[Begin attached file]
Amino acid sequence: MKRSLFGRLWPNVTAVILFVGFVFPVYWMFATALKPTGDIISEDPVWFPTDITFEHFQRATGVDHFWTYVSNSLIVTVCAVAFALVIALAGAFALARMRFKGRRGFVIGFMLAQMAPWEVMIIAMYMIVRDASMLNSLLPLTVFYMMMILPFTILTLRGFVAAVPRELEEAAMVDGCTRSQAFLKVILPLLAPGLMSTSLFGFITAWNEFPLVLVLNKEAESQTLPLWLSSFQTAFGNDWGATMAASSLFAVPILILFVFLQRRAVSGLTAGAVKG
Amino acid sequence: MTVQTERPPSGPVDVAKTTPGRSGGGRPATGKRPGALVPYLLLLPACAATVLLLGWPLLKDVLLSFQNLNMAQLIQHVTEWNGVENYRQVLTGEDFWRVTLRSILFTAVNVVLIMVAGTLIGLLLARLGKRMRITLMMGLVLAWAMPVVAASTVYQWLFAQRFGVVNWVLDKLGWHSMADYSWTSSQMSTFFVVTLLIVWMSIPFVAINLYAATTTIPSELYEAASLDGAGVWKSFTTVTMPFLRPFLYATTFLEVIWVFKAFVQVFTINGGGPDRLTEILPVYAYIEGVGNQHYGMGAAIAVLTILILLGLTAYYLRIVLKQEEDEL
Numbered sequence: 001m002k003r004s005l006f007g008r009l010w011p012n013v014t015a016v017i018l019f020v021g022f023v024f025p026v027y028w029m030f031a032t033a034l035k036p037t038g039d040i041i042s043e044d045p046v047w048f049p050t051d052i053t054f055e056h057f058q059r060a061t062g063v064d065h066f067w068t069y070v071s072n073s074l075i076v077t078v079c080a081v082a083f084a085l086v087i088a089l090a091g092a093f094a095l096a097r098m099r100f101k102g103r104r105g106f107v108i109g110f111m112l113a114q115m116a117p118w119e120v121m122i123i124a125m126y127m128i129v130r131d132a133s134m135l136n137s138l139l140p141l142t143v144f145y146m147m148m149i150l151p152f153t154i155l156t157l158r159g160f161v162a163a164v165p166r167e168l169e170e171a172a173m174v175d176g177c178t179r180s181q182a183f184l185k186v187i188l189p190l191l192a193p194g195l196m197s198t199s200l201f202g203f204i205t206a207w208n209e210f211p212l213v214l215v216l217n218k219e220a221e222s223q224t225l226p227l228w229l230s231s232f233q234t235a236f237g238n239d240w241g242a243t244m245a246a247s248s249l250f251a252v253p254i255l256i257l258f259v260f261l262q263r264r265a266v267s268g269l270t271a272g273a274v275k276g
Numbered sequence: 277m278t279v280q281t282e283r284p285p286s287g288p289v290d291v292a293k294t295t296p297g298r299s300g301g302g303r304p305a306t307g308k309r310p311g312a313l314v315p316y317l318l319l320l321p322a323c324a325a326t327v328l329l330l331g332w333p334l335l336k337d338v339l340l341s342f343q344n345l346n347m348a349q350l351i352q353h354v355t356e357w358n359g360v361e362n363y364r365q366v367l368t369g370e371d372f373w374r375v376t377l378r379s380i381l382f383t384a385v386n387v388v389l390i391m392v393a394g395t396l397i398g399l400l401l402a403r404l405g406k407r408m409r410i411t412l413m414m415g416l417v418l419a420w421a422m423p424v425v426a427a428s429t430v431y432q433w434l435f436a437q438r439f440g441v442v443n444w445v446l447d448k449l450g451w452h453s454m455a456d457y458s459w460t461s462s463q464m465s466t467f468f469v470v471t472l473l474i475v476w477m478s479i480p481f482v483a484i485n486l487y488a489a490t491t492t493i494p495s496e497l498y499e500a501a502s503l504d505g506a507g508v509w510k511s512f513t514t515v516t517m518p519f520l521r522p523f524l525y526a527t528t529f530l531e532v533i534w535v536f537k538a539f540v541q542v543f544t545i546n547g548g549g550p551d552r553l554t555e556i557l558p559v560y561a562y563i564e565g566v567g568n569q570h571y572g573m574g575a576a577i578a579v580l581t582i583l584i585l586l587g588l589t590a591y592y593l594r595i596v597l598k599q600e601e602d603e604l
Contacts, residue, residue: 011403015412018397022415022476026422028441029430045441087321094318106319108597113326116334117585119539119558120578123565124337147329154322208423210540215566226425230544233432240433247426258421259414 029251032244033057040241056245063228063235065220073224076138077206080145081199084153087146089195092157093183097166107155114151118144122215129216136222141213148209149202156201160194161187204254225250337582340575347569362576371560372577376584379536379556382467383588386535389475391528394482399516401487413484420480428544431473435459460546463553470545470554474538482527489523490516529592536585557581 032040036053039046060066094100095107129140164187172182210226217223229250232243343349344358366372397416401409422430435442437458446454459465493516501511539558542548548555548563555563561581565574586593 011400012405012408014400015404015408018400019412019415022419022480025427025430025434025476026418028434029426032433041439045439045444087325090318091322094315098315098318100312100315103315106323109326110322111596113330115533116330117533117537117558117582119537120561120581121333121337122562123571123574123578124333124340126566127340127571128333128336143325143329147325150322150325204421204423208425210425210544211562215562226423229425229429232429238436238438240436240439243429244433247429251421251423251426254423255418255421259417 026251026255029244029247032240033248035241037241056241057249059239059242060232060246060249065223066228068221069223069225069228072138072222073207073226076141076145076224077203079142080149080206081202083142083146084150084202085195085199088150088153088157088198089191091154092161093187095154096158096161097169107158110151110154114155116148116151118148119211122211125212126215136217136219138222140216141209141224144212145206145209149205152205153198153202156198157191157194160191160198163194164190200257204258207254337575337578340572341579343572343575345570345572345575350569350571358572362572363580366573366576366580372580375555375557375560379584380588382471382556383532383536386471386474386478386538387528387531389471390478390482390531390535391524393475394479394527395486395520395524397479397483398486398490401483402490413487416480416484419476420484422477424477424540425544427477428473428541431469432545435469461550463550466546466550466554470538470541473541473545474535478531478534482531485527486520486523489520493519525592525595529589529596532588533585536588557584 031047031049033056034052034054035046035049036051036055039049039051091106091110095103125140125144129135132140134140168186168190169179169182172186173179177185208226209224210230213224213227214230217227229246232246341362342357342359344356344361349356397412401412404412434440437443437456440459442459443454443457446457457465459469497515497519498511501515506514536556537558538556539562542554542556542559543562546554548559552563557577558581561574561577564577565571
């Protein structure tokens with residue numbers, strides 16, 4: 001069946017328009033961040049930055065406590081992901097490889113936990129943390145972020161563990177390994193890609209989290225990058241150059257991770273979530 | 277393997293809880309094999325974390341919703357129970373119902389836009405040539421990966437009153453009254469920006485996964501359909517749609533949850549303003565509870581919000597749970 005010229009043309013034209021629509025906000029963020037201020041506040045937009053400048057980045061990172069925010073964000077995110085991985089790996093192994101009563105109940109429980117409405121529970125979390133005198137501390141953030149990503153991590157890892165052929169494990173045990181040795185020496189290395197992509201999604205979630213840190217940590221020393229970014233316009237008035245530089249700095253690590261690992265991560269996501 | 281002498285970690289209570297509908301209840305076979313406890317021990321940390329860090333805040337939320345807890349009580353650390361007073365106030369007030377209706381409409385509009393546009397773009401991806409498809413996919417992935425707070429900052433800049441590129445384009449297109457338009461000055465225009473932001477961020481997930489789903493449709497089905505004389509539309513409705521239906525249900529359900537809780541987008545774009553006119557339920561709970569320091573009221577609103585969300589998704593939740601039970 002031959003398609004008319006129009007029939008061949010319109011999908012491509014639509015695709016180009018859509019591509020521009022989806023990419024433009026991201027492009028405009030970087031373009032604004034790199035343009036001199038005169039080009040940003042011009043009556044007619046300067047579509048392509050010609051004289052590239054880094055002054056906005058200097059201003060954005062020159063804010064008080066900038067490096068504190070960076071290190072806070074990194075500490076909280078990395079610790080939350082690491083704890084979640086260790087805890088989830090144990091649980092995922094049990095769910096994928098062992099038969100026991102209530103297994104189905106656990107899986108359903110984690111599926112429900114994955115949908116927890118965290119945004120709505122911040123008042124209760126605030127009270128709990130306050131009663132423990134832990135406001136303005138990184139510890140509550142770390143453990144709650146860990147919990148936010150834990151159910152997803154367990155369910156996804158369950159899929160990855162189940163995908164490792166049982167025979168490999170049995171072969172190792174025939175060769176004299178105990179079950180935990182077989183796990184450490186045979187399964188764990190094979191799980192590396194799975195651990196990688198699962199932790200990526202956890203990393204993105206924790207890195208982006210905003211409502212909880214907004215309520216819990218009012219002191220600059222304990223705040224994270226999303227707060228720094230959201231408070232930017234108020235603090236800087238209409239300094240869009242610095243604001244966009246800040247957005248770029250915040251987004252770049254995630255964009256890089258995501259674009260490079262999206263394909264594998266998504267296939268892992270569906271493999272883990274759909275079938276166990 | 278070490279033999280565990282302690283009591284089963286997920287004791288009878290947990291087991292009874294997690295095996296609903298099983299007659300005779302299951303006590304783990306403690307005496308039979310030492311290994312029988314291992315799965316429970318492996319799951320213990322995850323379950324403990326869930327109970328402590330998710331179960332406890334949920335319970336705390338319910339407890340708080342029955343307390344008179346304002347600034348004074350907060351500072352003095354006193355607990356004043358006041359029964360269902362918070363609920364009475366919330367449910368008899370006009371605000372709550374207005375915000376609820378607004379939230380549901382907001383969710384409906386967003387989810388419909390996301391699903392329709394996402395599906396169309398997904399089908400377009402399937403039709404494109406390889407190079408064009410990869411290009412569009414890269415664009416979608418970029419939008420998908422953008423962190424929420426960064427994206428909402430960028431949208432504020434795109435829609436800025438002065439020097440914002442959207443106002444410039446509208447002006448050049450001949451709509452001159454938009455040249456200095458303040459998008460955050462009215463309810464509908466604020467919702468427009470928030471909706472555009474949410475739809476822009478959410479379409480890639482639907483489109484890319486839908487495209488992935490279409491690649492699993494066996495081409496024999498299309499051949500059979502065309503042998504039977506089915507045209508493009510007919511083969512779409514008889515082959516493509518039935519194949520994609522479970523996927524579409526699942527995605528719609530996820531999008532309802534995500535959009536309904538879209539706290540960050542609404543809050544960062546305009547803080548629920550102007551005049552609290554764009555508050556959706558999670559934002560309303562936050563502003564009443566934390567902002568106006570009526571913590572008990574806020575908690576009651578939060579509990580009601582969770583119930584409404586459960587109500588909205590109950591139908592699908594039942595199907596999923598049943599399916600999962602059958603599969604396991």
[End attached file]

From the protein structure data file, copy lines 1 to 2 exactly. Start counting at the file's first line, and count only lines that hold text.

Amino acid sequence: MKRSLFGRLWPNVTAVILFVGFVFPVYWMFATALKPTGDIISEDPVWFPTDITFEHFQRATGVDHFWTYVSNSLIVTVCAVAFALVIALAGAFALARMRFKGRRGFVIGFMLAQMAPWEVMIIAMYMIVRDASMLNSLLPLTVFYMMMILPFTILTLRGFVAAVPRELEEAAMVDGCTRSQAFLKVILPLLAPGLMSTSLFGFITAWNEFPLVLVLNKEAESQTLPLWLSSFQTAFGNDWGATMAASSLFAVPILILFVFLQRRAVSGLTAGAVKG
Amino acid sequence: MTVQTERPPSGPVDVAKTTPGRSGGGRPATGKRPGALVPYLLLLPACAATVLLLGWPLLKDVLLSFQNLNMAQLIQHVTEWNGVENYRQVLTGEDFWRVTLRSILFTAVNVVLIMVAGTLIGLLLARLGKRMRITLMMGLVLAWAMPVVAASTVYQWLFAQRFGVVNWVLDKLGWHSMADYSWTSSQMSTFFVVTLLIVWMSIPFVAINLYAATTTIPSELYEAASLDGAGVWKSFTTVTMPFLRPFLYATTFLEVIWVFKAFVQVFTINGGGPDRLTEILPVYAYIEGVGNQHYGMGAAIAVLTILILLGLTAYYLRIVLKQEEDEL